Mike Penning: To ask the Secretary of State for Culture, Media and Sport pursuant to the answer of 15 December 2005, Official Report, column 2181W, on digital broadcasting, what estimate she has made of the (a) number of sets that will ultimately become surplus to requirement as non-digitalised and (b) total cost to the public of compliance with digitalisation; what regulations govern disposing of excess sets; and what estimate she has made of the cost of disposing. 
Digital switchover itself does not require any equipment to be thrown away, but its timing may affect the timing of disposal of some equipment such as rarely used televisions that people choose not to adapt. This may accelerate the process by which all electrical equipment would be disposed of in the natural course of events.
A comprehensive assessment of total costs to consumers arising from digital television switchover was made in cost benefit analysis work undertaken by the Department of Trade and Industry and the Department of Culture, Media and Sport between 2002 and 2005. Details of this assessment also appear in the Government's Regulatory and Environmental Impact Assessment on the timing of digital switchover which was published on 16 September 2005.
Any additional waste electrical equipment produced as a result of the switchover will be disposed of subject to the requirement of the EU waste electrical and electronic Equipment (WEEE) directive. The planned WEEE regulations, which implement the directive, will make producers of electrical goods financially responsible for the collection, treatment and recycling of waste electrical and electronic equipment. The planned implementation of the WEEE regulations are currently under review and a new timetable for implementation will be announced shortly.
Hugh Robertson: To ask the Secretary of State for Culture, Media and Sport from whom she has received representations on elite athlete funding since the pre-Budget report; and what view each expressed. 
In addition to periodic telephone calls and conversations between DCMS, UK Sport and BOA officials, the BOA wrote to the Department on 21 December about elite athlete funding. The letter expressed support for setting a target of 4th place in the Olympic medal table in 2012, and that there should be a six year funding package for elite athletes.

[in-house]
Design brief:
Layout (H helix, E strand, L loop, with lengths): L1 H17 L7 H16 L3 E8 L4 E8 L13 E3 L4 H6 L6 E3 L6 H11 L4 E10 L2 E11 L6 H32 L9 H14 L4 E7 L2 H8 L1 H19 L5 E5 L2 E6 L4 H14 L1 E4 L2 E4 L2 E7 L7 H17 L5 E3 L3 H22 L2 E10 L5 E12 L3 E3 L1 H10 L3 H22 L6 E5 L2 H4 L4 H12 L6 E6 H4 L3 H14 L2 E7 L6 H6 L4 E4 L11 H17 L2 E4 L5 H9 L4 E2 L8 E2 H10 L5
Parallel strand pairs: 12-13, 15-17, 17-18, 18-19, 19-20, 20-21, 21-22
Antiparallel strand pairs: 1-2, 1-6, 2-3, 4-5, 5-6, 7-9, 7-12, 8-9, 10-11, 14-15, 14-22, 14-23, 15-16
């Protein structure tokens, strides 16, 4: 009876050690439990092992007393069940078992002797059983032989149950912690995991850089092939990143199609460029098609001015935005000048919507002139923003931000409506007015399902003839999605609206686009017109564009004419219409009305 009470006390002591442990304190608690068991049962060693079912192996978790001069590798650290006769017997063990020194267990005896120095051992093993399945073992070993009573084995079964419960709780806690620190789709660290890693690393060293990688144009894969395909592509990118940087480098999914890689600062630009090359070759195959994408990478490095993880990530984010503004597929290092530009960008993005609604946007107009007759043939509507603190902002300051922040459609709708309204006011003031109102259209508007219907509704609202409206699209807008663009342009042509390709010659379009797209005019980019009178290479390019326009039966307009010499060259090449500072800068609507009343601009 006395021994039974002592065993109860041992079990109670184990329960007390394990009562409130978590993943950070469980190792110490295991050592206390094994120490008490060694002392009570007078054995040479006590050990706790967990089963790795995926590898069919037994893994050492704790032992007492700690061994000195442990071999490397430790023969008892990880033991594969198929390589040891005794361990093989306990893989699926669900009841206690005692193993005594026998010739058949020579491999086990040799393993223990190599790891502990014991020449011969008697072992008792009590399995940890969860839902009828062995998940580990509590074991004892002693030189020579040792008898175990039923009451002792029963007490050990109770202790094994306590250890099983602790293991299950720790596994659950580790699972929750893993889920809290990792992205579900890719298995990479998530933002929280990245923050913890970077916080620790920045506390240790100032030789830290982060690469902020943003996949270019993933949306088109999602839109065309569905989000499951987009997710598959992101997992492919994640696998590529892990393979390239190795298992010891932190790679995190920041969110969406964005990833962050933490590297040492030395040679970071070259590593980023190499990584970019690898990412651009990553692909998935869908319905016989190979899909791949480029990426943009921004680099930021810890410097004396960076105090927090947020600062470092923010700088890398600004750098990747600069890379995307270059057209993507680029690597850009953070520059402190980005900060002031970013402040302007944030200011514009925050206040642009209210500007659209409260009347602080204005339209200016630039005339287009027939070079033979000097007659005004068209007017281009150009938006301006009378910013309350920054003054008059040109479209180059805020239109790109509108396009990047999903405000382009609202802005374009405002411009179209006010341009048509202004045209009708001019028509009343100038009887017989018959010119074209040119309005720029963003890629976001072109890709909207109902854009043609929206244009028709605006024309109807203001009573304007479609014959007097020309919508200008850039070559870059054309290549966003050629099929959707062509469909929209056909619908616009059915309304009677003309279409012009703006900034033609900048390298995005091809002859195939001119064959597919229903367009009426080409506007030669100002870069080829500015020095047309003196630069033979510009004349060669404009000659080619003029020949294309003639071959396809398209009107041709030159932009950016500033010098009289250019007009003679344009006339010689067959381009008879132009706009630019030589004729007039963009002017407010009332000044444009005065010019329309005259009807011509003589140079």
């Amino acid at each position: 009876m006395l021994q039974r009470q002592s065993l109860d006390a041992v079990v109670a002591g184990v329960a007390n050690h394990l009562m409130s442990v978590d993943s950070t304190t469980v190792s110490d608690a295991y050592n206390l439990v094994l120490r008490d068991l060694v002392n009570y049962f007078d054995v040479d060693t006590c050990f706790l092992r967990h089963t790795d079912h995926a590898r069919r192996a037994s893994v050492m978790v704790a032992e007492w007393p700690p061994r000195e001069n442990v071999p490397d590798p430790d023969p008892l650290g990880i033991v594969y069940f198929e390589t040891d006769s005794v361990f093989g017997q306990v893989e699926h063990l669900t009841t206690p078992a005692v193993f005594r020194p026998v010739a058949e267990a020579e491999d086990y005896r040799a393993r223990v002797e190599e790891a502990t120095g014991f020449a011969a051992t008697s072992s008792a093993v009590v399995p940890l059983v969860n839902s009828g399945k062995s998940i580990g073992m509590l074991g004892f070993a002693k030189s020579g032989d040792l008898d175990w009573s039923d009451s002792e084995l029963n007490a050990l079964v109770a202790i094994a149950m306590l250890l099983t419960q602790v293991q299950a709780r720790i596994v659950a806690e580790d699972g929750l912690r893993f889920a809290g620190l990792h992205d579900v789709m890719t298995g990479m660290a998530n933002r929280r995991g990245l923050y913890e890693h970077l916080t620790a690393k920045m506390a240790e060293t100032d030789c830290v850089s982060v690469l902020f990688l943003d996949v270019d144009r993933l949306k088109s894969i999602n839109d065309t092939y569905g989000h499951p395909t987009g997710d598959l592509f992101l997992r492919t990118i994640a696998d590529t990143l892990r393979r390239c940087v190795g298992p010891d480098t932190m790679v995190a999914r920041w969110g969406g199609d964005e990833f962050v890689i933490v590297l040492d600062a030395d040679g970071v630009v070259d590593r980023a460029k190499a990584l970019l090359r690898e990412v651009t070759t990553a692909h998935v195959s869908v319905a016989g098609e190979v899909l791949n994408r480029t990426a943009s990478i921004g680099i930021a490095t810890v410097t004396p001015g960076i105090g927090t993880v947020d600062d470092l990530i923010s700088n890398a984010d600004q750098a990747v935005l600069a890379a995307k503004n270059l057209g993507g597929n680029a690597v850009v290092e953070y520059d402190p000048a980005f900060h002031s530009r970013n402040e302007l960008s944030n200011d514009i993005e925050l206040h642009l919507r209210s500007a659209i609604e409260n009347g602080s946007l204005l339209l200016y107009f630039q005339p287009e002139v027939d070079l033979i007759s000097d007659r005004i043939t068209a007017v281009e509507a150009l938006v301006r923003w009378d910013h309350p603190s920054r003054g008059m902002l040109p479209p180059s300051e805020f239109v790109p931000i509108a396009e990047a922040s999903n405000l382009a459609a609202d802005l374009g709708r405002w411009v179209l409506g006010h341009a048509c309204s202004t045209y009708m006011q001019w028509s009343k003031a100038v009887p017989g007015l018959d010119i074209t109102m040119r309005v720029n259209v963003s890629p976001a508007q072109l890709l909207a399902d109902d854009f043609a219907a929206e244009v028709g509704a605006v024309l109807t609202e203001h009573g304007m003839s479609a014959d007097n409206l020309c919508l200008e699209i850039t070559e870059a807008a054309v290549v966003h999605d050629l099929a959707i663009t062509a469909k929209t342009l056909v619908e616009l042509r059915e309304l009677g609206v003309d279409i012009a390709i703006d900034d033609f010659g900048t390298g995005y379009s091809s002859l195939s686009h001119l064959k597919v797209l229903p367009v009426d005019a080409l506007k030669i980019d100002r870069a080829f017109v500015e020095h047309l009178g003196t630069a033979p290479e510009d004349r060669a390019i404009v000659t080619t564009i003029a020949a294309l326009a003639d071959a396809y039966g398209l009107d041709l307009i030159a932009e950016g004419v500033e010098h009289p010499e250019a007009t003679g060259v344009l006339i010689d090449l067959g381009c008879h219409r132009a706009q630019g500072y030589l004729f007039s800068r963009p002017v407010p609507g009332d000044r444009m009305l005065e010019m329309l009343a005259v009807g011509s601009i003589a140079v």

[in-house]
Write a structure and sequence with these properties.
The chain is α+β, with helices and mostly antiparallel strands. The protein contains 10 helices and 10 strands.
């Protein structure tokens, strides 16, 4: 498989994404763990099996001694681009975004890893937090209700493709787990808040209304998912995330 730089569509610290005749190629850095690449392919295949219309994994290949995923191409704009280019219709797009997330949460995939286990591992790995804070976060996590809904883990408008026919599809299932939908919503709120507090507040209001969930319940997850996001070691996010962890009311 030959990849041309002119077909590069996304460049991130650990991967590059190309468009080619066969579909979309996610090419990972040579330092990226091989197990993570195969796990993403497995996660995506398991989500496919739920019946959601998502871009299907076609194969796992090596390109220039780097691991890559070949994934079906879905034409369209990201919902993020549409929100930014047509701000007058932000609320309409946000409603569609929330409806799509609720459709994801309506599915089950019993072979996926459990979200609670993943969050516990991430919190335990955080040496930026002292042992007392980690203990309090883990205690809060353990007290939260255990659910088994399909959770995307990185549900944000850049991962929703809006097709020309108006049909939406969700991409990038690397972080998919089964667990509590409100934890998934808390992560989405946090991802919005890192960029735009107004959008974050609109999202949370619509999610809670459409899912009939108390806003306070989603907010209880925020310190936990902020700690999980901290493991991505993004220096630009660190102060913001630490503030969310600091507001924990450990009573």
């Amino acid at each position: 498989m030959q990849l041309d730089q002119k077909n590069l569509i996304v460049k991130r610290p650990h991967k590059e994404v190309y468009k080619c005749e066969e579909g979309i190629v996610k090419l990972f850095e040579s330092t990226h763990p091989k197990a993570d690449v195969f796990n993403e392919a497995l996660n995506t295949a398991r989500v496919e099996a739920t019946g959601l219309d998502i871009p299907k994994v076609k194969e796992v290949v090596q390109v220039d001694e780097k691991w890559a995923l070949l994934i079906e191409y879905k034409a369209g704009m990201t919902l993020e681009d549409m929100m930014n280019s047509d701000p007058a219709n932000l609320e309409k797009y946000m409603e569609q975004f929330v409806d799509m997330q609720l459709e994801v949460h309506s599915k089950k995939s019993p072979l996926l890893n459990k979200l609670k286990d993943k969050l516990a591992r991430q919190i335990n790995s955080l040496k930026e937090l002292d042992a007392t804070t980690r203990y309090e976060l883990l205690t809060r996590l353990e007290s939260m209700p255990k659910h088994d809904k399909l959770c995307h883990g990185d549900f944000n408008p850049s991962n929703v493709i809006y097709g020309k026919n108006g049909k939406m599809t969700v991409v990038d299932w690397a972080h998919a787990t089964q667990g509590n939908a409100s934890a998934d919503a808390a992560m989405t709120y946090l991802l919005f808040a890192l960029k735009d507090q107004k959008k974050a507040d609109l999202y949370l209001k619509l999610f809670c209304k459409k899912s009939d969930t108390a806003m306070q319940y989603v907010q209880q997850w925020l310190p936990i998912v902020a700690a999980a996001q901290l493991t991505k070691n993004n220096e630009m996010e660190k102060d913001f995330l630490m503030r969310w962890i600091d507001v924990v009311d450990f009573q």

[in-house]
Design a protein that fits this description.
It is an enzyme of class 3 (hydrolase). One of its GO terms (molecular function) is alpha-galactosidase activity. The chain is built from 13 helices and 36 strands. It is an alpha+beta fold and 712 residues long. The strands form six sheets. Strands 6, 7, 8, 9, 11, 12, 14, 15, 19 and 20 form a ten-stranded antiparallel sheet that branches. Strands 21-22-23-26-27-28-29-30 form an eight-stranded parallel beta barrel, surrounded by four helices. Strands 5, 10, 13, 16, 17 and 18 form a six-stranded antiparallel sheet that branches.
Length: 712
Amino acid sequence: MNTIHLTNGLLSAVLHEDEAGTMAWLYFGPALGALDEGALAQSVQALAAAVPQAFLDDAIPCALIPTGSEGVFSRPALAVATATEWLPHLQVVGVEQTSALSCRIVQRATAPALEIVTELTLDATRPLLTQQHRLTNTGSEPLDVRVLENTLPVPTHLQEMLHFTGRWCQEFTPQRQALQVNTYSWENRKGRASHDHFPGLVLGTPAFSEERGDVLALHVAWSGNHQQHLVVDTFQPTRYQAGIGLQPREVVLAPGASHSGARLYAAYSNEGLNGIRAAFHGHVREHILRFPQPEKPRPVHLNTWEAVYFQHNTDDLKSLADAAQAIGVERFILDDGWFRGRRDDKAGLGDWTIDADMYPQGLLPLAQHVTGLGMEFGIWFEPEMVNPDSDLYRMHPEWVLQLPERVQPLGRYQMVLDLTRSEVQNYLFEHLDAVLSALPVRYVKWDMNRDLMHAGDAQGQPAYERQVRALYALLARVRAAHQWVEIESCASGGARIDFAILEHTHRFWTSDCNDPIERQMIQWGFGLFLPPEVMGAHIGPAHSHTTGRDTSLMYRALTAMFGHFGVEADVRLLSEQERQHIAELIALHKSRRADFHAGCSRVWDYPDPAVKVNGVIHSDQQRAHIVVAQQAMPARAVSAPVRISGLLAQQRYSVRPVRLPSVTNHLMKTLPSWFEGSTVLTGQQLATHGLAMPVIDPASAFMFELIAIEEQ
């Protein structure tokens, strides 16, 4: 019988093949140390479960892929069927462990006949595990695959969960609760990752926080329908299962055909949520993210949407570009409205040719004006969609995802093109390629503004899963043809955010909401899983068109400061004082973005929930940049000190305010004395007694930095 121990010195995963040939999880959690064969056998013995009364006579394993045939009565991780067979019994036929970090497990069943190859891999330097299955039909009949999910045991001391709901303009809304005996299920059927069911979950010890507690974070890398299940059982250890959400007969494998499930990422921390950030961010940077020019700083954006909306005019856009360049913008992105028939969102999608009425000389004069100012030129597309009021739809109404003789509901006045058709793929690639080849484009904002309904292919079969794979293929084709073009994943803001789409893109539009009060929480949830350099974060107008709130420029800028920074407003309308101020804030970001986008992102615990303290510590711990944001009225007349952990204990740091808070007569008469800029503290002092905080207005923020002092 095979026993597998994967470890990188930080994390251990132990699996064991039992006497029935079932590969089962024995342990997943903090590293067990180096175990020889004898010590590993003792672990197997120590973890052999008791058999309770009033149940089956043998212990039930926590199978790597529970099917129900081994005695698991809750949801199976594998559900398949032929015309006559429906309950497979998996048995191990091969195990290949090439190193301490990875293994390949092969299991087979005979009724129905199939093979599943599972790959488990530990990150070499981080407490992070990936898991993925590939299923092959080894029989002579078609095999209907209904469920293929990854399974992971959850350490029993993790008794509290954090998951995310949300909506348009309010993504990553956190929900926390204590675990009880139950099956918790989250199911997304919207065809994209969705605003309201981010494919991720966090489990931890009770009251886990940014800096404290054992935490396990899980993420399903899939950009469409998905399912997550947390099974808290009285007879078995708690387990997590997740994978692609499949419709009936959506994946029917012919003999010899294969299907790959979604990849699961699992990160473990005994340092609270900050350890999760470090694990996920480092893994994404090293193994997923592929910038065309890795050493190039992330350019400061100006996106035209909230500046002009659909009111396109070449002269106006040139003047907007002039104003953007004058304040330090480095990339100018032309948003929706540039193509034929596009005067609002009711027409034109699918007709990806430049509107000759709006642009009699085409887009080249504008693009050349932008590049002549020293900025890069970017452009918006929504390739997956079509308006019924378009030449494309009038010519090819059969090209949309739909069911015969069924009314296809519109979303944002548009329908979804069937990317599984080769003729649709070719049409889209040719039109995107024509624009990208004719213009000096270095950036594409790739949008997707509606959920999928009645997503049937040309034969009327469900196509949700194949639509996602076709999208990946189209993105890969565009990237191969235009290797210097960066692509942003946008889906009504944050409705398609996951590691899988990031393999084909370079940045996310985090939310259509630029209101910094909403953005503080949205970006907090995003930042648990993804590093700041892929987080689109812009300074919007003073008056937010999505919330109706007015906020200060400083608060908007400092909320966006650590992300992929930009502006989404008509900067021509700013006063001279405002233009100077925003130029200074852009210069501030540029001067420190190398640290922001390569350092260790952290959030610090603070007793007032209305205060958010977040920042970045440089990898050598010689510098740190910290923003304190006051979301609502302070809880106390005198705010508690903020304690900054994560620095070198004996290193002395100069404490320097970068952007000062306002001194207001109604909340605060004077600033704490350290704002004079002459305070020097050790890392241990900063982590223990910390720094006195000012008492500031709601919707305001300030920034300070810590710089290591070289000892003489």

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Hugh Robertson: To ask the Secretary of State for Culture, Media and Sport pursuant to the answer of 19 December 2005, Official Report, column 32W, on elite athletes (funding), what the title was of UK Sports's submission; what level of funding it envisaged; over how many years; and what aspirational target for medals it set. 
Mr. Caborn: UK Sport's submission to the Department was called A Sporting Chance for all in 2012: Additional Funding to Support Team GB Success at the London 2012 Olympic and Paralympic Games: Options for the Chancellor's 2005 Pre-Budget Report: Submission from UK Sport".
The submission presents a 'top line' funding package together with a range of options for additional investment in the run-up to London 2012, starting in 2006. The submission identifies potential medal targets for 2012 depending on the resources available.
Vera Baird: To ask the Secretary of State for Culture, Media and Sport what her policy is on whether there should be equal prize money for men and women participating in mixed events such as road races. 
Vera Baird: To ask the Secretary of State for Culture, Media and Sport whether the (a) Amateur Athletics Association and (b) UK Athletics will be subject to the duty to promote gender equality under the Equality Bill. 
Mr. Caborn: The Government have consulted on the range of bodies they intend to require to comply with the specific duties under the Equality Bill. The consultation period ended on 12 January 2006 and all responses will be carefully considered.